Born and raised in Bonners Ferry, Travis Stolley joined the United States Marine Corp soon after graduating Bonners Ferry High School in 2005, serving nearly nine years before receiving an honorable discharge and returning home. It wasn’t long before he was once again in uniform, this time in Bonners Ferry Police Department blue. Now, with sheriff Dave Kramer planning to retire, Stolley has announced his bid to continue serving Boundary County as sheriff in 2024, running as a Republican.
“I just feel it’s the right thing to do, the right time,” he said.
Stolley earned a bachelors degree in environmental science and planned to become a game warden on leaving the Marines, where he served as a flight mechanic working on engine, drive and rotor systems of the AH1W Cobra as well as the UH1N Huey and the UH1Y Huey. He was a triple systems door gunner/aerial observer on the Huey, deployed to Afghanistan, with the 22nd Marine Expeditionary Unit on the USS Iwo Jima and twice to Iraq, rising to the rank of staff sergeant.
But fate had other plans, pulling him to serve closer to the people of his community as a law enforcement officer. He’s served as school resource officer, patrol corporal with the police department and as a patrol deputy and field training officer and detective with the sheriff’s office, earning his advanced Idaho POST certification along the way.
About six months ago, he stepped away from law enforcement, intent focusing on his business endeavors and his family; wife Jessica, also a Bonners Ferry native, son Alex, 14, and daughter Kaylee, 12, but once away, he realized he missed it.
“In the Marine Corps and in law enforcement a strong sense of service is instilled in you, a sense of duty,” he said. It wasn’t long before he was back, on level one reserve status. It was the right thing to do, he said, at the right time.
He didn’t make the decision to run for sheriff lightly, first discussing it with Jessica and the kids to make sure they supported the idea and then to police chief Brian Zimmerman and sheriff Kramer, both of whom he’s known nearly all his life and both of whom, he said, encouraged him.
“I have great respect for both,” he said. “I wouldn’t be here without their support.”
Filling Kramer’s big shoes, he acknowledged, will be no easy task.
“Sheriff Kramer did a great job,” Stolley said. “My goal will be to build on that.”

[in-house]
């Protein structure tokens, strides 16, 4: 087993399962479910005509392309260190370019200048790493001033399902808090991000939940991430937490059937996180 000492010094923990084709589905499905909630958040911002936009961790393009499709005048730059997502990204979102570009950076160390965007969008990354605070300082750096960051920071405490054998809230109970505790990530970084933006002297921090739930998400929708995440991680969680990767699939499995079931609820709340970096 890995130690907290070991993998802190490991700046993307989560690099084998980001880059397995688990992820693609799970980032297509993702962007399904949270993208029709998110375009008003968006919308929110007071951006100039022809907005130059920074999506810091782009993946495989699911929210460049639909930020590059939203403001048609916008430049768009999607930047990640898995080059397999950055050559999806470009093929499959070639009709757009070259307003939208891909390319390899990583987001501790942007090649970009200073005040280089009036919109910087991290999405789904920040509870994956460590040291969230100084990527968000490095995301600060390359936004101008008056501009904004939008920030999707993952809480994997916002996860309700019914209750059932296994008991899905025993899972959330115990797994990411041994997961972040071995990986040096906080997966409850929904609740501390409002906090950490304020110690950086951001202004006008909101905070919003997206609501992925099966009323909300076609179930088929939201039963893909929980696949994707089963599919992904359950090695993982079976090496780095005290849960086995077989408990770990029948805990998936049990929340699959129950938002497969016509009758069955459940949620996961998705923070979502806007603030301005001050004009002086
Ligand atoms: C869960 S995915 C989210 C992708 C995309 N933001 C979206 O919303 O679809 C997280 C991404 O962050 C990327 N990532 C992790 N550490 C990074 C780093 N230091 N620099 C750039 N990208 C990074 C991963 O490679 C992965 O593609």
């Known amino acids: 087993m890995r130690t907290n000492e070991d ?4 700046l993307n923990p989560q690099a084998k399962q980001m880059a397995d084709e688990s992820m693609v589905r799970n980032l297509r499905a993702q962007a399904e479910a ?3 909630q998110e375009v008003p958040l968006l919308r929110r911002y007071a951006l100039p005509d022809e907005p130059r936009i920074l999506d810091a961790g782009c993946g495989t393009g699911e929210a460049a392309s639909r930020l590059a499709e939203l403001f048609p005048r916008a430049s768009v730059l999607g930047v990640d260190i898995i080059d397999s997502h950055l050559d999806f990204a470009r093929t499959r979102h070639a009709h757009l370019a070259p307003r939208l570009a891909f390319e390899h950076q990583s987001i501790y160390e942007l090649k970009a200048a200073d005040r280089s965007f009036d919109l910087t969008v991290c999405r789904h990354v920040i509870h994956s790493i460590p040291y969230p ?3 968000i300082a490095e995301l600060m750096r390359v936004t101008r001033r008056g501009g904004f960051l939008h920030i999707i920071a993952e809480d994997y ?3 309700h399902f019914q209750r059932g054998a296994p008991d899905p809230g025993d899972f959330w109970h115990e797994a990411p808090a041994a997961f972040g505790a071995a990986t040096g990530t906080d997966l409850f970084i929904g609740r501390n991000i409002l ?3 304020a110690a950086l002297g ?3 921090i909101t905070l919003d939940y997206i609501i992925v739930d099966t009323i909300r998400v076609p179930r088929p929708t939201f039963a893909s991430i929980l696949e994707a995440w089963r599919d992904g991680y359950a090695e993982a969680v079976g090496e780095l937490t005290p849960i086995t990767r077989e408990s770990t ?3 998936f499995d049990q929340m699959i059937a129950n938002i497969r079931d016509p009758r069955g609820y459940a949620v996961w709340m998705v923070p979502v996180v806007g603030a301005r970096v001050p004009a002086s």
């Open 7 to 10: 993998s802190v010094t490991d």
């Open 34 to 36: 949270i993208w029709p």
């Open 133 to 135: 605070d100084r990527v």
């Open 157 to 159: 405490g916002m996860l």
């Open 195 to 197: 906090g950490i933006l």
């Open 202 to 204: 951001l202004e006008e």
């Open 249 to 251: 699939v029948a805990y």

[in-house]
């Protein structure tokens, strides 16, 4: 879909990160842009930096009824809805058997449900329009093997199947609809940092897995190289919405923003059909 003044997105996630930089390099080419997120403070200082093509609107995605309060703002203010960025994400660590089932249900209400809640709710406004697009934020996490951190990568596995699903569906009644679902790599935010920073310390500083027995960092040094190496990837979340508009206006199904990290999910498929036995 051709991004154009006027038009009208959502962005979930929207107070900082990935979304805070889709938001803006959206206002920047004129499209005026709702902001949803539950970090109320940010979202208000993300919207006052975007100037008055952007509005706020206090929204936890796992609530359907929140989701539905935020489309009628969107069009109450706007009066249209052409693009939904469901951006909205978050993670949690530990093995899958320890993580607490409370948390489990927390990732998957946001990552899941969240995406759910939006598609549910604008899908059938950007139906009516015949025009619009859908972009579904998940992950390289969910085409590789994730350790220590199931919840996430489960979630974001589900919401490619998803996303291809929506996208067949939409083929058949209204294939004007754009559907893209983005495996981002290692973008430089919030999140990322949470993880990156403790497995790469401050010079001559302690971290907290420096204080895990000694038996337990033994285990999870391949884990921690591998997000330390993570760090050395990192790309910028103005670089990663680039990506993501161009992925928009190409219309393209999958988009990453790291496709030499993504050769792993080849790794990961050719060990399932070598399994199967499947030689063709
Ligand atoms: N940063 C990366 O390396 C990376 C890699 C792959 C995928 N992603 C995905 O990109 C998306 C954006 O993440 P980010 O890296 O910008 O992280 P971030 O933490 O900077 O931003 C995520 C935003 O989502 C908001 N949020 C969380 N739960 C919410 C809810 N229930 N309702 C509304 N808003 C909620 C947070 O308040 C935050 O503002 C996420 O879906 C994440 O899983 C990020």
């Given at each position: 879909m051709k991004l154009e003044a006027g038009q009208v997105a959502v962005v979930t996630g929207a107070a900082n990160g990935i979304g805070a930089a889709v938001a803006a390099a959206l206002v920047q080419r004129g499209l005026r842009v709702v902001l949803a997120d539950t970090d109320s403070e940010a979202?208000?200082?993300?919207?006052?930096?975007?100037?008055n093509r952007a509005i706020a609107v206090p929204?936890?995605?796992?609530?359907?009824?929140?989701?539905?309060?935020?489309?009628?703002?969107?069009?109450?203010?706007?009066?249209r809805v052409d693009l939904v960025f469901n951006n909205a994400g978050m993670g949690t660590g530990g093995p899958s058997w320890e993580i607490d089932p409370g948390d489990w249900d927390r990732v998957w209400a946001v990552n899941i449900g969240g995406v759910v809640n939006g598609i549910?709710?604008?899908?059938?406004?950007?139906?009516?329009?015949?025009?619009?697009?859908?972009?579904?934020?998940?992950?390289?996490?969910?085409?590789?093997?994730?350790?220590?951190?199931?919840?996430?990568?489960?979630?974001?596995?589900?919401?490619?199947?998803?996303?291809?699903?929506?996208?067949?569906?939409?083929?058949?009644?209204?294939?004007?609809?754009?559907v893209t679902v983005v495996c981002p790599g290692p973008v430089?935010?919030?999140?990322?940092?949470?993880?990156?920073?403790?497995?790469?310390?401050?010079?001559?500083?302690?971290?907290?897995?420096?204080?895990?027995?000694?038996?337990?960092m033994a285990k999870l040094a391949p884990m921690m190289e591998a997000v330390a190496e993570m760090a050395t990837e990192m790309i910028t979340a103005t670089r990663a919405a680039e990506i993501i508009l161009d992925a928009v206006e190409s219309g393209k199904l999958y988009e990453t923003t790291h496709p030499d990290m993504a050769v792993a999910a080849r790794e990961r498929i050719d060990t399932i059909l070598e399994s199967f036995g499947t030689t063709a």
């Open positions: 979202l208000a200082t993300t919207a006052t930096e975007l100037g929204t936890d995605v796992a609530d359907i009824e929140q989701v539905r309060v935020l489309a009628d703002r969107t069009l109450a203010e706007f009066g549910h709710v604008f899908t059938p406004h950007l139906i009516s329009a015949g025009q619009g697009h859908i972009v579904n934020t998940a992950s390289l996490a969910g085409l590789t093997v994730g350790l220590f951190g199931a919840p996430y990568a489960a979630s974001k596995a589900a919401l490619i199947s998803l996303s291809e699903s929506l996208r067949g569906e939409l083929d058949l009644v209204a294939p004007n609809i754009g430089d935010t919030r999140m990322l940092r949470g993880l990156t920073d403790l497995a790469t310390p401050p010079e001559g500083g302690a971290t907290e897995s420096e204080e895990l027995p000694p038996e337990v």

His focus, he said, would be to emphasize personnel accountability and promote openness and transparency.
“We have good people in important positions,” he said, “and I want to make sure everybody knows their job and that we are all doing our job right,” he said. He wants to work on recruiting and retaining high quality personnel, bemoaning the fact that key players on the sheriff’s team, including patrol sergeant Bobby Goad, will soon be retiring.
He wants to provide every member of his office opportunity for current training, to get everyone to a satisfactory standard and then focus on expanding from there. To work on staffing shortages in multiple departments across the board including the civil department, to emphasize the safety of road and detention deputies
He wants to forge a closer working relationship between the sheriff’s office and the Bonners Ferry Police Department, to work together with the police department and the school district to ensure the safety of the county’s schools.
He’s also concerned about the aged jail, certified for the first time under Kramer’s watch.
“Kramer has done a phenomenal job with the jail and getting it certified,” he said, “but the facility won’t last a lot longer. There are roof issues, foundation issues, plumbing issues and more that will have to be addressed, working with county commissioners and the community.”
Not looking for major changes, Stolley said he instead offers a fresh new perspective and promises to be accessible, set high standards and work to see that expectations are being met.
“I care about my community and I’m committed to public service,” he said. “I want what’s best for our community. I want to continue to serve the community I and my wife grew up in. I want to strengthen the bond of trust between the community and the Boundary County Sheriff’s Office.”